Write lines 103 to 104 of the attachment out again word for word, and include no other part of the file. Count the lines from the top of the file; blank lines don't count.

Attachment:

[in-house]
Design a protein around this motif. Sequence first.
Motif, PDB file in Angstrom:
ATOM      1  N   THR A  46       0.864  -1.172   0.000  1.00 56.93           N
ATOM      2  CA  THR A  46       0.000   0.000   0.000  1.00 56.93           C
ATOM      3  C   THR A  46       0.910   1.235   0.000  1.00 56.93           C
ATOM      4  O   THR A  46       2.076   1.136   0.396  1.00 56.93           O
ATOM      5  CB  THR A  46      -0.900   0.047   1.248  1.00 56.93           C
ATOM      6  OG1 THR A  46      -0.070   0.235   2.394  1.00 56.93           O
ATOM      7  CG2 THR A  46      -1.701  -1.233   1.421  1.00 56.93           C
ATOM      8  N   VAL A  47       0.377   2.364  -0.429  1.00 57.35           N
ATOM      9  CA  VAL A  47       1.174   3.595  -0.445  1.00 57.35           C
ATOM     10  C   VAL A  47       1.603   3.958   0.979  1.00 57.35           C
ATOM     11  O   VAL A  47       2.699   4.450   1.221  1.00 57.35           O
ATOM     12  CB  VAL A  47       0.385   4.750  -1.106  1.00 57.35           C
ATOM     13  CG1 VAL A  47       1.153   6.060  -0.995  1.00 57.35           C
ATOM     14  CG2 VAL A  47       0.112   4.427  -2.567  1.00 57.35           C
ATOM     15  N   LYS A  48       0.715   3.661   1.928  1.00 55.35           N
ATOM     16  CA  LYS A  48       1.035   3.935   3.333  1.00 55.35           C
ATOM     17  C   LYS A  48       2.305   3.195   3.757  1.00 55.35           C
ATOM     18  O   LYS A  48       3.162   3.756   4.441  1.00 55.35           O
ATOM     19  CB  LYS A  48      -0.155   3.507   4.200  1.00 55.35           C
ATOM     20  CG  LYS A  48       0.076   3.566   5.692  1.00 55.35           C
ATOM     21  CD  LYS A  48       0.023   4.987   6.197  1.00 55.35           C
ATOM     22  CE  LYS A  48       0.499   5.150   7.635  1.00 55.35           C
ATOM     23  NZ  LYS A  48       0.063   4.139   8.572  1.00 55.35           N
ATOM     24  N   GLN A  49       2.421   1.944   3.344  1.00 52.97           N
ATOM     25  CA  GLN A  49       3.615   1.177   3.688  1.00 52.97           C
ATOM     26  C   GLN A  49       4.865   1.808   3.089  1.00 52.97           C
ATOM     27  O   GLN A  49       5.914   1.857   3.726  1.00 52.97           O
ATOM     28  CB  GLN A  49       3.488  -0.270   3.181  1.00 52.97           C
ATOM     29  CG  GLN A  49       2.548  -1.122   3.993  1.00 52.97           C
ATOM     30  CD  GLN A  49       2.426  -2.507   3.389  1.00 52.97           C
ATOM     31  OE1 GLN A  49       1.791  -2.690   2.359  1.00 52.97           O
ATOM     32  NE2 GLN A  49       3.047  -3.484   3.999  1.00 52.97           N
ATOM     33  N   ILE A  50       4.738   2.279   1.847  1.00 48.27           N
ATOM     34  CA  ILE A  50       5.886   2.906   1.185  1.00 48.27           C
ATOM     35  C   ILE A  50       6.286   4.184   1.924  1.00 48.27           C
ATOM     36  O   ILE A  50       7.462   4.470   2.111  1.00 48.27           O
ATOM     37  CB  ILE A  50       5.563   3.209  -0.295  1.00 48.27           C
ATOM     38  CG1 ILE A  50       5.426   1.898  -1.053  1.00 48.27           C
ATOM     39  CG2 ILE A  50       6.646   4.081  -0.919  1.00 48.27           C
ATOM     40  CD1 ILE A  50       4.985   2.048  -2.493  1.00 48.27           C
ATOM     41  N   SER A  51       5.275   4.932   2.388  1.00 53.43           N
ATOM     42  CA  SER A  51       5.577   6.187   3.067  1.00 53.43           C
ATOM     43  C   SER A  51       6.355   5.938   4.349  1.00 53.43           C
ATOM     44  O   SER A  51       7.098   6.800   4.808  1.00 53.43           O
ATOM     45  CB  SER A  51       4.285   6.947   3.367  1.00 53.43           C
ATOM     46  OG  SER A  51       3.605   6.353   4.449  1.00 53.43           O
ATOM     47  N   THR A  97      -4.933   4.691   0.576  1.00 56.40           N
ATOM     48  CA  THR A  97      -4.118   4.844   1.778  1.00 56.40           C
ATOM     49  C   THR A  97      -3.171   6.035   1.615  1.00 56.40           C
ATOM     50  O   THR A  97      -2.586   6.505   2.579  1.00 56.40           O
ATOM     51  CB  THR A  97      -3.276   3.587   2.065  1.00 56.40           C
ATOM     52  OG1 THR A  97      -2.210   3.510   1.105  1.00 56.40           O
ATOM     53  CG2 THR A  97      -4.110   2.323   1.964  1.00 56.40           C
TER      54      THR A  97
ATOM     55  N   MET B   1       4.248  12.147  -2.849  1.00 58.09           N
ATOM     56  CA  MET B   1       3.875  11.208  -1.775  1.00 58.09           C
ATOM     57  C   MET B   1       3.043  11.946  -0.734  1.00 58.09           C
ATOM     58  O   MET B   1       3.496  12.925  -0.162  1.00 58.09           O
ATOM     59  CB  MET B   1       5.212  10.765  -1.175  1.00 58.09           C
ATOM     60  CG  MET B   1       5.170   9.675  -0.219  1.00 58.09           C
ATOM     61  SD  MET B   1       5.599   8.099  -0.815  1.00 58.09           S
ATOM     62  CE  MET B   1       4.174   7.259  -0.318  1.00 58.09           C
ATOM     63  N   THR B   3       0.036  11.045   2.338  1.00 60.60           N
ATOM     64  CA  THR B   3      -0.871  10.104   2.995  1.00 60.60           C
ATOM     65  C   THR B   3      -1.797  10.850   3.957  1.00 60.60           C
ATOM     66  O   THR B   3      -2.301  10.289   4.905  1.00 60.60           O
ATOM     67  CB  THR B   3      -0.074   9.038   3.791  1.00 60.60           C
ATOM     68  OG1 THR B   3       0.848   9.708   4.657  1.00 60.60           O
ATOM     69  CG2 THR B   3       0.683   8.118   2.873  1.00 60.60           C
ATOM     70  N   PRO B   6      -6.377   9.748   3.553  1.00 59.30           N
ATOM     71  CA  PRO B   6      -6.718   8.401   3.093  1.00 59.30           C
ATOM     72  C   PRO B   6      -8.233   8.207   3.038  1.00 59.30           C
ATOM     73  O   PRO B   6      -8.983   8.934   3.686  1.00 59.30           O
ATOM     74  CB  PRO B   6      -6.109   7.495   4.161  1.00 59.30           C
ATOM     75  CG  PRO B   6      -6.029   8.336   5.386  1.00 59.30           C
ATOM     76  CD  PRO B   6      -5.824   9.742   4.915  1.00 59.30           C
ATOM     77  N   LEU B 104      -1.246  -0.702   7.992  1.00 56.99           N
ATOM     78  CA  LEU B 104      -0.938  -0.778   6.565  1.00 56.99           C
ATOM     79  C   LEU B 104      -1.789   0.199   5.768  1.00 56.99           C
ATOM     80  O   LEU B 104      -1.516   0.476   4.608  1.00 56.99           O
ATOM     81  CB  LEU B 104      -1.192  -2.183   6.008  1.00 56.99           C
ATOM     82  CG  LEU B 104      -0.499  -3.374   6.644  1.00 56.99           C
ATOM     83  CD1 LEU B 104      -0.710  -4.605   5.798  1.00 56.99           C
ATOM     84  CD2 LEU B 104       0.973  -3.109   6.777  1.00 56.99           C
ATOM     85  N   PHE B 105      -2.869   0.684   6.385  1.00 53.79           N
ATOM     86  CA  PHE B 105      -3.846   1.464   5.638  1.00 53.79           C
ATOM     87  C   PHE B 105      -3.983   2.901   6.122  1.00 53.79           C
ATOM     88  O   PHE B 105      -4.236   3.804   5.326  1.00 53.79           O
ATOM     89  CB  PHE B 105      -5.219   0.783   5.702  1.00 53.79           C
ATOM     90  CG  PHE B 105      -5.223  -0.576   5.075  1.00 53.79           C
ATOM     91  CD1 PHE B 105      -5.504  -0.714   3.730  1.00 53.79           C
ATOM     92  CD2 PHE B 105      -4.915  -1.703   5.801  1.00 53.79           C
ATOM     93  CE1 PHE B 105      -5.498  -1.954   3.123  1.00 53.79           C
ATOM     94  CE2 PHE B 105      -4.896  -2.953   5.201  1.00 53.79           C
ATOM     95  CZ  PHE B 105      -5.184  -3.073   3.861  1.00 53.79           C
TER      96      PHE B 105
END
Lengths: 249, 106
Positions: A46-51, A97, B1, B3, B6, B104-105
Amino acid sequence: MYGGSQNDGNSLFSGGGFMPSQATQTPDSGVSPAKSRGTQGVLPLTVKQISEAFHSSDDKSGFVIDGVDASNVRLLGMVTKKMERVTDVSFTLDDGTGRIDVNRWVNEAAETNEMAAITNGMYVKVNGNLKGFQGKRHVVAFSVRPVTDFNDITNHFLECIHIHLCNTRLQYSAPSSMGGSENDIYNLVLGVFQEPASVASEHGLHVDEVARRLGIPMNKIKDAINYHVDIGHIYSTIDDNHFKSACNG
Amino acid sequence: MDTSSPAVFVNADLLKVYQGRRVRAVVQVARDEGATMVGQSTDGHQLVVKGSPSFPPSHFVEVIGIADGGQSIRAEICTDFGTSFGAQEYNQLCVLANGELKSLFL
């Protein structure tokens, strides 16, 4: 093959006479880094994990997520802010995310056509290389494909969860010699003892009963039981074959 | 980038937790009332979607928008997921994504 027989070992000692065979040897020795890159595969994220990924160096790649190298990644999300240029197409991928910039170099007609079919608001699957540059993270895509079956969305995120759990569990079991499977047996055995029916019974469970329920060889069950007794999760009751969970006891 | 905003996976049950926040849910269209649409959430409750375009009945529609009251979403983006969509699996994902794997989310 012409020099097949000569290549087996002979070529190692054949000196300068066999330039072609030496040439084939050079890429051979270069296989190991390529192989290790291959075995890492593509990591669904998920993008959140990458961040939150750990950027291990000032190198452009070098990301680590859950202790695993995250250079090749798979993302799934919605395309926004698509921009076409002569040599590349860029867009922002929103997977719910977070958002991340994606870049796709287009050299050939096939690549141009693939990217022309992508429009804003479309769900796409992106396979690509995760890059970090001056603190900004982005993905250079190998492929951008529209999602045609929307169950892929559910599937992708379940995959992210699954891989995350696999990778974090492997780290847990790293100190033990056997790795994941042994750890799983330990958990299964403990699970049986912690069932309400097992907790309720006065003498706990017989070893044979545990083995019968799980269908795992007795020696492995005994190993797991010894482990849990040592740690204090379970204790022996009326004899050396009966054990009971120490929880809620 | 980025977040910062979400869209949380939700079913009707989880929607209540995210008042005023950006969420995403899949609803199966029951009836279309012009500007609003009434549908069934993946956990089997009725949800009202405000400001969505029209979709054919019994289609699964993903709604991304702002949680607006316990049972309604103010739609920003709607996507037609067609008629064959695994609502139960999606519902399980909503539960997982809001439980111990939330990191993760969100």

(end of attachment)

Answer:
Amino acid sequence: MYGGSQNDGNSLFSGGGFMPSQATQTPDSGVSPAKSRGTQGVLPLTVKQISEAFHSSDDKSGFVIDGVDASNVRLLGMVTKKMERVTDVSFTLDDGTGRIDVNRWVNEAAETNEMAAITNGMYVKVNGNLKGFQGKRHVVAFSVRPVTDFNDITNHFLECIHIHLCNTRLQYSAPSSMGGSENDIYNLVLGVFQEPASVASEHGLHVDEVARRLGIPMNKIKDAINYHVDIGHIYSTIDDNHFKSACNG
Amino acid sequence: MDTSSPAVFVNADLLKVYQGRRVRAVVQVARDEGATMVGQSTDGHQLVVKGSPSFPPSHFVEVIGIADGGQSIRAEICTDFGTSFGAQEYNQLCVLANGELKSLFL